When not spoon-feeding sickies, fill savory puffs

If I’d heeded advice for stress-free appetizers in the latest A Fresh Approach column, unexpected illness wouldn’t have spelled such dire consequences for snacks served to Saturday’s Civil War fans.

By dire consequences, I mean there weren’t any that didn’t come from Costco. Although I felt a little sheepish, I took heart that guests probably didn’t want a sick person cooking for them, anyway.

If it seems like friends and co-workers also are dropping like flies — and you’re wondering when you’ll be next — seize a few moments of health and energy to squirrel away some of the things Jan Roberts-Dominguez suggested in last week’s column. Pop them in the refrigerator or freezer, which is a much shorter trip when you’re just getting back on your feet than a run to Costco.

Of course, there’s always a time and place, in Jan’s words, for “spoon-feeding” cream puffs. For me, that came a couple days into the weekend’s cold when I turned ravenous.

And because it was just my mom and husband around to contract germs, I washed my hands, stifled my sniffles and got to work on our most beloved special-occasion treat, on hold since the Civil War. We’ve made these savory versions of cream puffs (based on a catering recipe from the Pancake Mill restaurant in North Bend) for birthdays, baby showers, holiday cookie exchanges and as just a little pick-me-up.

After all, we couldn’t let the stainless-steel scooper purchased over the weekend for precise portioning to go unused. And if you bake off the choux pastry the night before your event, keep them — unfilled — in a sealed, plastic bag and then mix up the cheese filling separately and refrigerate, these aren’t quite such an elaborate undertaking.

As far as the time it takes to fill each one with a piping bag, I don’t have a very good estimate for that. We usually possess only enough willpower to fill just a few in between delicious bites.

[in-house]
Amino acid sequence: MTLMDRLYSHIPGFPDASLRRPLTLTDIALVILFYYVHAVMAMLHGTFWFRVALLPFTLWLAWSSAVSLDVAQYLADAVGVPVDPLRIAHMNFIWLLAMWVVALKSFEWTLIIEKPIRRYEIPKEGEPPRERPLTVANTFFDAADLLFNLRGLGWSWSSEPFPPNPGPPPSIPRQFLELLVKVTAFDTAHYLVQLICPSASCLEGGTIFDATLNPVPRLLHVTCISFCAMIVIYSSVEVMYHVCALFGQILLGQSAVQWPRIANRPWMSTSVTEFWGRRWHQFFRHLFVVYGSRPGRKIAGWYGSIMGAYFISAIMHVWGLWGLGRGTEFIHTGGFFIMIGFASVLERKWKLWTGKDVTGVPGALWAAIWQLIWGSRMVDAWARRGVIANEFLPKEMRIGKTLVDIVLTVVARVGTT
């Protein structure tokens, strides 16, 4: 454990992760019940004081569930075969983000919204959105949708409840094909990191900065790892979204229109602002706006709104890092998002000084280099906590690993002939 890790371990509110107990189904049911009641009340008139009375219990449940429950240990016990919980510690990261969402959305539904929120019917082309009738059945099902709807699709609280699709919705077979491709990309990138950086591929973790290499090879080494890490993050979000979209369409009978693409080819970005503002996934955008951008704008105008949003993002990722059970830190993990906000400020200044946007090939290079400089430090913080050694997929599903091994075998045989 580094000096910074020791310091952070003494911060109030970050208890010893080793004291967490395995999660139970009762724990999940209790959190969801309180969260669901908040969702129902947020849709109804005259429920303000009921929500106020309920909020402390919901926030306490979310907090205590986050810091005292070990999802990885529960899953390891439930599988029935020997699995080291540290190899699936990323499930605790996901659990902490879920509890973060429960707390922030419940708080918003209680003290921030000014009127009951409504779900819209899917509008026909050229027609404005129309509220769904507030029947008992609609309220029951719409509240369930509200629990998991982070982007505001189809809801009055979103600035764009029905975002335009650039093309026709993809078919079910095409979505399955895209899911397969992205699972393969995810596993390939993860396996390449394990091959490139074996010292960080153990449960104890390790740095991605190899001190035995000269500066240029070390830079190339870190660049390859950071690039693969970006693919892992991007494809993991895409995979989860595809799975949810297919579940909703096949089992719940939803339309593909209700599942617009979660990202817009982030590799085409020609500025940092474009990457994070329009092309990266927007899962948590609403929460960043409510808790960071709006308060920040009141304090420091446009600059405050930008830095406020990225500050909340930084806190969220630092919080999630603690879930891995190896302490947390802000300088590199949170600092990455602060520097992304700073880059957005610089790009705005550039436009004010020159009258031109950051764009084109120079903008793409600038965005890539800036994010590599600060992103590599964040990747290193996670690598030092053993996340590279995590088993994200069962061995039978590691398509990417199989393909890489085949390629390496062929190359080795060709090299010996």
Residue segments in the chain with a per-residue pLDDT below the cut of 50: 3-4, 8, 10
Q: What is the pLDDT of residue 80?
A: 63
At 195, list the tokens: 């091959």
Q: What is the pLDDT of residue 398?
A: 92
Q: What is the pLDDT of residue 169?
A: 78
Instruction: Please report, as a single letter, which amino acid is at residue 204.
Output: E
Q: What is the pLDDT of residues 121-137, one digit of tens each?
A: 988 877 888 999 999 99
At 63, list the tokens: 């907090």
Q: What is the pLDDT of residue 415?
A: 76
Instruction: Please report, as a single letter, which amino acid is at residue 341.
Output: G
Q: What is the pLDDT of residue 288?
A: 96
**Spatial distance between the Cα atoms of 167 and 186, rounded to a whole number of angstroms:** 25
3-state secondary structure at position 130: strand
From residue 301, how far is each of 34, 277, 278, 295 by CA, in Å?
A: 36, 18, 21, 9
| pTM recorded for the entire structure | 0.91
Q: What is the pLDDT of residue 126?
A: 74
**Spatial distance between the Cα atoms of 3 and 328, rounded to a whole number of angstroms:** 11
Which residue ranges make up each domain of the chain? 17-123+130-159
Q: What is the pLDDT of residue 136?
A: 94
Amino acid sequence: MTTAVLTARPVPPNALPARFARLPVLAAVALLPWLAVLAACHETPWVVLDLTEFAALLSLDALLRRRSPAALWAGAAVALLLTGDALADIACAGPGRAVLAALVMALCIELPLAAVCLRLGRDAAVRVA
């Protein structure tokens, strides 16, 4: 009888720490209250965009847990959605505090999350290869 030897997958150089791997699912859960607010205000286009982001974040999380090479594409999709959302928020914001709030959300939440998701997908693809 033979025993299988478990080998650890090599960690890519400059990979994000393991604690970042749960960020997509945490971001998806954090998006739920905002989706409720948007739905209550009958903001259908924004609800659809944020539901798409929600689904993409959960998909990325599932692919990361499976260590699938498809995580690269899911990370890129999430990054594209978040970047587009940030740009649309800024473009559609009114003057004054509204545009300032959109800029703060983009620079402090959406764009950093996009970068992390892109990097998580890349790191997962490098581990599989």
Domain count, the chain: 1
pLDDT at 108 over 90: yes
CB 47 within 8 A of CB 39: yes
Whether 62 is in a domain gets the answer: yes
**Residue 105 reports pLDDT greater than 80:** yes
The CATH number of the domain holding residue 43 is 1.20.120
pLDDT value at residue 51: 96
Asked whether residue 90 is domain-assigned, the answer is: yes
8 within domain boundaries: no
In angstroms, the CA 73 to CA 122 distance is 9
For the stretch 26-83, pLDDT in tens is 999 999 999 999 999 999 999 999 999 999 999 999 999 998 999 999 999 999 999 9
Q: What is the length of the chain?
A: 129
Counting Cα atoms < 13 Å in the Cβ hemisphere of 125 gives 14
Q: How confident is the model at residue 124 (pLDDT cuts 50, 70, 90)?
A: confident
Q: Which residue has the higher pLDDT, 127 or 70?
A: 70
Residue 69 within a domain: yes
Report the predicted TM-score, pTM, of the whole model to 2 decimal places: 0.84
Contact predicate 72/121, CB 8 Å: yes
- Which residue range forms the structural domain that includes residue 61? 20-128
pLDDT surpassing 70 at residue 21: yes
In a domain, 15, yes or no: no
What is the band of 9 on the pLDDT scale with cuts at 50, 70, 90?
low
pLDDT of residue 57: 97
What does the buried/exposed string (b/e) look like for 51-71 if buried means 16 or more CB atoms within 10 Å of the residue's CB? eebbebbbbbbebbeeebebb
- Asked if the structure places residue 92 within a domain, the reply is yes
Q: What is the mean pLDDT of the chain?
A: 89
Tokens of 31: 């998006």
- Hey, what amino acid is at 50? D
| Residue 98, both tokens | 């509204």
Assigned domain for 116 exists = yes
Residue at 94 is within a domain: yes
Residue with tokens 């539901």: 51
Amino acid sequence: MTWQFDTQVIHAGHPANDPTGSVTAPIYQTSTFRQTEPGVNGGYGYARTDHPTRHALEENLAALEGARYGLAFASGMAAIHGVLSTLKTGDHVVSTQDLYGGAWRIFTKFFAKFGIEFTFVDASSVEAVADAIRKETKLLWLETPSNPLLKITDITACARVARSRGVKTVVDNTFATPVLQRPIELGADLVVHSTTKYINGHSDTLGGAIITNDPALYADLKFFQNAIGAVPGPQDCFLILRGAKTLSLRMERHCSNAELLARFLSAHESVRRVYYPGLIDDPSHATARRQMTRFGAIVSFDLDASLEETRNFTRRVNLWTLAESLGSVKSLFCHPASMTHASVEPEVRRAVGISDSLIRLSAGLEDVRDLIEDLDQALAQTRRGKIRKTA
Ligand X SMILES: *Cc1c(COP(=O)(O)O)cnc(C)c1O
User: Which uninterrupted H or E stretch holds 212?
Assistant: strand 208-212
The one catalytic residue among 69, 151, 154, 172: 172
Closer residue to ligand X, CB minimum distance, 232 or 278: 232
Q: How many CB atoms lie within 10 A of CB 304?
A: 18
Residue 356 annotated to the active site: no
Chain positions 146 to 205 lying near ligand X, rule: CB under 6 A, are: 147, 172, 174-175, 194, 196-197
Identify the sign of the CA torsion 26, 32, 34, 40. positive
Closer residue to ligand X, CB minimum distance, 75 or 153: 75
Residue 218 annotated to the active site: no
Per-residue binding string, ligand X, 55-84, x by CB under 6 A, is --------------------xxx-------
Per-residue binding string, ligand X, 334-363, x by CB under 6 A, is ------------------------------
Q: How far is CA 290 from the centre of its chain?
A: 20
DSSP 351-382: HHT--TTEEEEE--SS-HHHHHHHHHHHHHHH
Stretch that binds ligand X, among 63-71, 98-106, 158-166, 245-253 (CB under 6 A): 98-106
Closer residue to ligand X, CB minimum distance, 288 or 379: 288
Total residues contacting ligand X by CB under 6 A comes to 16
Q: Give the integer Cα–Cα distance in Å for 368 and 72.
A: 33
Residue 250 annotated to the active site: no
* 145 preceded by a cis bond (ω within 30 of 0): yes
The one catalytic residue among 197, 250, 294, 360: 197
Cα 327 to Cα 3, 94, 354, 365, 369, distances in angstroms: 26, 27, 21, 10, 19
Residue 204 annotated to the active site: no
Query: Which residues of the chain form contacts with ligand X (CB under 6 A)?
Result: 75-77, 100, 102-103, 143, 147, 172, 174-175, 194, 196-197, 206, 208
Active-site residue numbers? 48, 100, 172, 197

Savory Puffs

Pastry:

3 ounces butter

8 ounces flour

1⁄2 teaspoon garlic powder

4 eggs

6 ounces grated Swiss cheese

3 ounces finely minced, fresh onion

Filling:

1 pound cream cheese, at room temperature

1⁄4 cup grated Swiss cheese

1 teaspoon finely minced, fresh garlic

1⁄3 cup finely minced, fresh onion

2 tablespoons dillweed

1⁄2 teaspoon Old Bay seasoning (optional)

1⁄2 teaspoon mustard powder (optional)

Preheat oven to 350 F.

Combine the butter and 8 ounces water in a medium saucepan and bring to a rolling boil. Mix the flour and garlic powder in a small bowl. All a once, add flour mixture to saucepan and stir vigorously until it forms a stiff ball that pulls away from sides of pan. Remove from heat.

Transfer dough to bowl of a stand mixer and start beating on medium-low speed. Crack the eggs into a small bowl and add, 1 at a time, to dough; mix after each addition to incorporate. Mix in the cheese and onion.

Prepare a baking sheet with nonstick spray or line with parchment. Using a No. 60 scoop, drops mounds of dough about 1 inch apart onto prepared baking sheet. Or drop by tablespoon portions. Bake in preheated oven until golden, about 20 to 25 minutes; cool.

Meanwhile, in clean bowl of a stand mixer, combine the cream cheese, Swiss cheese, garlic, onion and spices. Transfer to a piping bag or resealable, plastic food-storage bag. If using a plastic bag, cut one corner to create 1⁄8-inch hole.

When puffs are cool, use a sharp paring knife to cut a 1-inch circle from top of each; reserve tops. Pipe filling into each puff and replace tops.

Makes 30 puffs.

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